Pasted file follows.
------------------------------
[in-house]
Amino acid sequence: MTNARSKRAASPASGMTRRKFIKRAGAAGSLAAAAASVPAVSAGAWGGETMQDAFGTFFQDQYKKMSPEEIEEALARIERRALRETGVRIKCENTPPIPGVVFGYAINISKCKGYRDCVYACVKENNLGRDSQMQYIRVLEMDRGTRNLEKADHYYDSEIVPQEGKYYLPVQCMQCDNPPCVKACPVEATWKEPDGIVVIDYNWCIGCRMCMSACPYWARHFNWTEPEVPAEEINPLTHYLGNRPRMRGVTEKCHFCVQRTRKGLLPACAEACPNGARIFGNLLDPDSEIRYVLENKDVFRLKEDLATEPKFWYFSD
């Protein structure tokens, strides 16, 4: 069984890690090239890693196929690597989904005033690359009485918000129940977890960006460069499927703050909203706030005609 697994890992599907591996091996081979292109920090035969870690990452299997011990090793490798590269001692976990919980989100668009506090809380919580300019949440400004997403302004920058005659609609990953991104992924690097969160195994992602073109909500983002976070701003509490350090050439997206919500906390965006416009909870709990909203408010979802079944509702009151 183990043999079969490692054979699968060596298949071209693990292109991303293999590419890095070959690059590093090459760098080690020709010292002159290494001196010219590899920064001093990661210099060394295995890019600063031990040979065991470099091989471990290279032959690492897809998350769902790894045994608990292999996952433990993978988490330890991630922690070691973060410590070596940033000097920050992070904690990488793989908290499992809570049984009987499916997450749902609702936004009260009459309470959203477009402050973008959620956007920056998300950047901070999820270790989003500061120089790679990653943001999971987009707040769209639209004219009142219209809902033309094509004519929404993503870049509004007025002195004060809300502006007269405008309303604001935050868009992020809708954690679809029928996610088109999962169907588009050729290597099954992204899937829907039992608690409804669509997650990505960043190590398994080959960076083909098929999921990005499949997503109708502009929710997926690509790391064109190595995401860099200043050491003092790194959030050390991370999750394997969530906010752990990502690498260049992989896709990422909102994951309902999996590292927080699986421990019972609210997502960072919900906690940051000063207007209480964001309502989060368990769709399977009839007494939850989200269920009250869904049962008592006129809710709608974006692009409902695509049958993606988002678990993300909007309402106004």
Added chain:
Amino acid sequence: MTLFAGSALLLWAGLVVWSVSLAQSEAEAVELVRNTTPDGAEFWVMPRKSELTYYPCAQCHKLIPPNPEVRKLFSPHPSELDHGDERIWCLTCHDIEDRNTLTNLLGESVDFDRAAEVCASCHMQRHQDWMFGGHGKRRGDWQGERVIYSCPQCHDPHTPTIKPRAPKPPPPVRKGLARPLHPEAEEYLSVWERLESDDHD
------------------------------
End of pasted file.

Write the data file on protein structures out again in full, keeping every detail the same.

[in-house]
Amino acid sequence: MTNARSKRAASPASGMTRRKFIKRAGAAGSLAAAAASVPAVSAGAWGGETMQDAFGTFFQDQYKKMSPEEIEEALARIERRALRETGVRIKCENTPPIPGVVFGYAINISKCKGYRDCVYACVKENNLGRDSQMQYIRVLEMDRGTRNLEKADHYYDSEIVPQEGKYYLPVQCMQCDNPPCVKACPVEATWKEPDGIVVIDYNWCIGCRMCMSACPYWARHFNWTEPEVPAEEINPLTHYLGNRPRMRGVTEKCHFCVQRTRKGLLPACAEACPNGARIFGNLLDPDSEIRYVLENKDVFRLKEDLATEPKFWYFSD
């Protein structure tokens, strides 16, 4: 069984890690090239890693196929690597989904005033690359009485918000129940977890960006460069499927703050909203706030005609 697994890992599907591996091996081979292109920090035969870690990452299997011990090793490798590269001692976990919980989100668009506090809380919580300019949440400004997403302004920058005659609609990953991104992924690097969160195994992602073109909500983002976070701003509490350090050439997206919500906390965006416009909870709990909203408010979802079944509702009151 183990043999079969490692054979699968060596298949071209693990292109991303293999590419890095070959690059590093090459760098080690020709010292002159290494001196010219590899920064001093990661210099060394295995890019600063031990040979065991470099091989471990290279032959690492897809998350769902790894045994608990292999996952433990993978988490330890991630922690070691973060410590070596940033000097920050992070904690990488793989908290499992809570049984009987499916997450749902609702936004009260009459309470959203477009402050973008959620956007920056998300950047901070999820270790989003500061120089790679990653943001999971987009707040769209639209004219009142219209809902033309094509004519929404993503870049509004007025002195004060809300502006007269405008309303604001935050868009992020809708954690679809029928996610088109999962169907588009050729290597099954992204899937829907039992608690409804669509997650990505960043190590398994080959960076083909098929999921990005499949997503109708502009929710997926690509790391064109190595995401860099200043050491003092790194959030050390991370999750394997969530906010752990990502690498260049992989896709990422909102994951309902999996590292927080699986421990019972609210997502960072919900906690940051000063207007209480964001309502989060368990769709399977009839007494939850989200269920009250869904049962008592006129809710709608974006692009409902695509049958993606988002678990993300909007309402106004």
Added chain:
Amino acid sequence: MTLFAGSALLLWAGLVVWSVSLAQSEAEAVELVRNTTPDGAEFWVMPRKSELTYYPCAQCHKLIPPNPEVRKLFSPHPSELDHGDERIWCLTCHDIEDRNTLTNLLGESVDFDRAAEVCASCHMQRHQDWMFGGHGKRRGDWQGERVIYSCPQCHDPHTPTIKPRAPKPPPPVRKGLARPLHPEAEEYLSVWERLESDDHD